been positioned to overly the rear wheel 54 of the front bicycle 52 and be connected to the coupling means "C".

In Fig 2 the coupling means is referenced 15. Fig 2 shows the front fork 11, coupling means 15, and the rear-wheel- mounting part of the frame 21 of the second bicycle 52 (its rear wheel 54 having been omitted from Fig 1). The position of the axis of the front wheel 53, when present, is shown at 12; and the position of the axis of the second bicycle's rear wheel is shown at 22. The coupling means 15 comprises a pair of brackets 14 provided with attachment holes 13 at locations corresponding to apertures 23 on the frame 21 of the front cycle 52. The two brackets 14 are attached to the frame 21, one on each side, by bolts extending through the bracket's attachment holes 13 and the frame's apertures 23 - the two brackets being mirror-image copies of one another. The lower edge of each bracket 14 is provided with a cut-out 17 through which the axle of the second bicycle's rear wheel can extend. Optionally, the brackets 14 can rest on this axle (or the wheel fastening nuts screwed thereto) so as to be supported additionally by that rear wheel axle.

Each bracket 14 is also provided with a laterally extending boss 16 housing a bearing 18. Each bearing 18 rotatably supports therein a bolt-like stub shaft 19 that extends laterally away from the central plane of the second bicycle 52. The outward (non-headed) end of each bolt-like stub shaft 19 is externally threaded. The front fork 11 of the first bicycle is mounted on the stub shaft 19, and is secured thereon by internally threaded nuts (or the like). The stub shafts 19 thus serve as replacements for the axle of the first bicycle's temporarily "missing" front wheel 53.

In the embodiment of Figs 3 and 4, the front wheel 53 of a first bicycle 51 is removed from its fork 31 and the fork 31 is attached by coupling means 35 to the rearward part of

the frame 41 of a second bicycle 52, this frame part 41 serving also to mount the second bicycle's rear wheel 54. The axis of the wheel 54 is shown in Fig 4 at 42. The coupling means 35 comprises a pair of main brackets 34 provided with attachment holes 33 and correspondingly apertured backing plates 43 whereby the main brackets 34 can be clamped on to the frame 41, one on each frame side, by bolts extending through the aligned holes - the two main brackets 34 being mirror-image copies of one another. The lower edge of each bracket 34 is provided with a cut-out 37 through which the axle of the second bicycle's rear wheel can extend. Optionally, the brackets 34 can rest on this axle (or the wheel fastening nuts screwed thereto) so as to be supported additionally by that rear wheel axle.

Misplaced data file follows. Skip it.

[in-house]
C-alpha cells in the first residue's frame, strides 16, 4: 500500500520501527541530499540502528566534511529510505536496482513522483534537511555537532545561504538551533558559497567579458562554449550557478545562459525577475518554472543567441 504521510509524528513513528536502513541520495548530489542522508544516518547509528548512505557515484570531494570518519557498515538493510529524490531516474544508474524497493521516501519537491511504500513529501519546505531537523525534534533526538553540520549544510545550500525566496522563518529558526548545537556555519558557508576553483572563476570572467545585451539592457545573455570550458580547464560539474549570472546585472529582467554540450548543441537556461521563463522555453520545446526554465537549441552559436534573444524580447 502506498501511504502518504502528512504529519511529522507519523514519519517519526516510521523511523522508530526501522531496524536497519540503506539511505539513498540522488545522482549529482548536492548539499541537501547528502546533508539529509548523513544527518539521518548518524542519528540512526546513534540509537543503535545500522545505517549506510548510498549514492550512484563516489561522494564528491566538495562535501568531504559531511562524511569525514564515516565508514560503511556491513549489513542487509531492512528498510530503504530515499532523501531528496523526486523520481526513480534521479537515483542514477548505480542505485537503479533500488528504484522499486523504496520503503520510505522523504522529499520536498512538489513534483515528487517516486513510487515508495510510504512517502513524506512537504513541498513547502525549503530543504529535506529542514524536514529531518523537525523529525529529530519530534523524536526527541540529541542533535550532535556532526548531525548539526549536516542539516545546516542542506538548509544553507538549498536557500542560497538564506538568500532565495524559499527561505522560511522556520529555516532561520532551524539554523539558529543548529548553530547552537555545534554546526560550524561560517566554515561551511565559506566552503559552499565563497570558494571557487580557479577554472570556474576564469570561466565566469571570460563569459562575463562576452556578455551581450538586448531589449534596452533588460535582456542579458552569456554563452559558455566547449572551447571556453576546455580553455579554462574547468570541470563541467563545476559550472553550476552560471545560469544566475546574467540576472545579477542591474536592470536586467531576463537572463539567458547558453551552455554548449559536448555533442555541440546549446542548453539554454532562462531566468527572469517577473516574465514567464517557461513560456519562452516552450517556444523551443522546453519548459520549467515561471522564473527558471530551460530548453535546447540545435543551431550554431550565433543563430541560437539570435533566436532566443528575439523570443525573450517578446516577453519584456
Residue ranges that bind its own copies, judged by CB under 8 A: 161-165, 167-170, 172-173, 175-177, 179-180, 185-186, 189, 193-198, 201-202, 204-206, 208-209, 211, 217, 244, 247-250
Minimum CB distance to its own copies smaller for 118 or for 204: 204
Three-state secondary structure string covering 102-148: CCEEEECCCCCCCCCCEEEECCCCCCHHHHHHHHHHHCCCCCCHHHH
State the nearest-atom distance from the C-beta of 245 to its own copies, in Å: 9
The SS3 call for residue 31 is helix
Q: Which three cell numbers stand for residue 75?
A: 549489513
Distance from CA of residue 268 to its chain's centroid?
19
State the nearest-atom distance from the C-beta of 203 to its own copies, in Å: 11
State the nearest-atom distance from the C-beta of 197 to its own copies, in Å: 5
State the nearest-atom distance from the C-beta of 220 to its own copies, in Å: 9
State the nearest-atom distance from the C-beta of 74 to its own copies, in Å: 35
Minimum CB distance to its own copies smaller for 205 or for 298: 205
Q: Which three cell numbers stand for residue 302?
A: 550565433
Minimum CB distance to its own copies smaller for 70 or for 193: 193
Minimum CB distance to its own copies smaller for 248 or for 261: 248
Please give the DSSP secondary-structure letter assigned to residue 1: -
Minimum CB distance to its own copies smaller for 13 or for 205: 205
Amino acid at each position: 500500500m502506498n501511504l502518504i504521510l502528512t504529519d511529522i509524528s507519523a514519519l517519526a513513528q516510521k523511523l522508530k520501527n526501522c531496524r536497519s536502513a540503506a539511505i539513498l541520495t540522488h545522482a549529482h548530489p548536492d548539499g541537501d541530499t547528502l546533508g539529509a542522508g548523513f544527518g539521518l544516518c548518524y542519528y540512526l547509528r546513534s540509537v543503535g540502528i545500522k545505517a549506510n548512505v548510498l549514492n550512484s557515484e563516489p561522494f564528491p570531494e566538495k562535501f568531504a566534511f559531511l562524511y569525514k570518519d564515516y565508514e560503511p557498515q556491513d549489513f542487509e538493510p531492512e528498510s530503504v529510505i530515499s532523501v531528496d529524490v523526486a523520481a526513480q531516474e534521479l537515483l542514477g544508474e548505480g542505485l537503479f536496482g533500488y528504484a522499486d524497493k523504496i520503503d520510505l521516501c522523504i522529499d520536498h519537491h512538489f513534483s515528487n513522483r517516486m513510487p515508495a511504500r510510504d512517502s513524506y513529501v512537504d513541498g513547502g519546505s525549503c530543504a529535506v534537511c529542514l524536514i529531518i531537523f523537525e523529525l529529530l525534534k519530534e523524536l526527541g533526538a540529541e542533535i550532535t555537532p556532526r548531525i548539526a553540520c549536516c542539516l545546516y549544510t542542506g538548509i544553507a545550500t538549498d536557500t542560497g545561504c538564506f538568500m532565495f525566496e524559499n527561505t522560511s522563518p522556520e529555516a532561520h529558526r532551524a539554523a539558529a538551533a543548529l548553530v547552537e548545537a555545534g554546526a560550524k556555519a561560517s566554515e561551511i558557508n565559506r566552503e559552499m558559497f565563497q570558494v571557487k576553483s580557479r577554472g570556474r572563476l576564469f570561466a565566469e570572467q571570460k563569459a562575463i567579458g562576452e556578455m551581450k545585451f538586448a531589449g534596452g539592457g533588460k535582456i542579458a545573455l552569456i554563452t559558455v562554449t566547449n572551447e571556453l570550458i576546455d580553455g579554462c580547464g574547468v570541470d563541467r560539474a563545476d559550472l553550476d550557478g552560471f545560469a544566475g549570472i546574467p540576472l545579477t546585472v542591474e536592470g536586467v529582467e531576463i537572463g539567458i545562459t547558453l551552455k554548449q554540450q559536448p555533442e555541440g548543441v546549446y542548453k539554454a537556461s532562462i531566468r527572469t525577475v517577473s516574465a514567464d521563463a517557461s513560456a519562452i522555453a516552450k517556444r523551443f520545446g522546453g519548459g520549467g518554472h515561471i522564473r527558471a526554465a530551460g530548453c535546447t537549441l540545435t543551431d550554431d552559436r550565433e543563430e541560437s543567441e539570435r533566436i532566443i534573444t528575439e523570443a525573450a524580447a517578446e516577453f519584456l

Each bracket 34 is also provided with a laterally extending boss 36 housing a bearing 38. Each bearing 38 rotatably supports therein a bolt-like stub shaft 39 that extends laterally away from .the central plane of the second bicycle. The outward (non-headed) end of each bolt-like stub shaft 39 is externally threaded and retained in position in the bearing 38 by a guick-release nut 39c. A spacer 39b is retained on each stub shaft 39, adjacent its head, by a circlip 39a. The front fork 31 of the first bicycle is mounted on (and, by quick-release nuts 39c, threadedly secured to) the stub shafts 39 which thus replace the axle of the first bicycle's "missing" front wheel 53.

It will be appreciated that the spacer 39b can be integral with the underside of the head of the bolt-like stub shaft 39. In this case the integral spacer 39b can be provided with two. parallel flats which, when engaged by the U-shape cut-out at the end of a limb of the front fork 31 of the bicycle 51, serve to restrain the stub-shaft 39 against rotation as the quick-release nut 39c is rotated during tightening or releasing the connection.

It will be appreciated that the pair of brackets 14 or 34 of the coupling means 15 or 35 used may alternatively be welded to the frame of the second bicycle instead of being removably attached thereto (e.g. by bolts) as illustrated. Additionally, instead of being removably attached to the generally horizontal leg of the rearward frame part 41 of the forward bicycle 52 (in the manner shown in Fig 4), the coupling's brackets may be of a different shape and/or may be instead clamped to the upwardly inclined leg of the rearward frame part 41 of the forward bicycle, or to both such legs.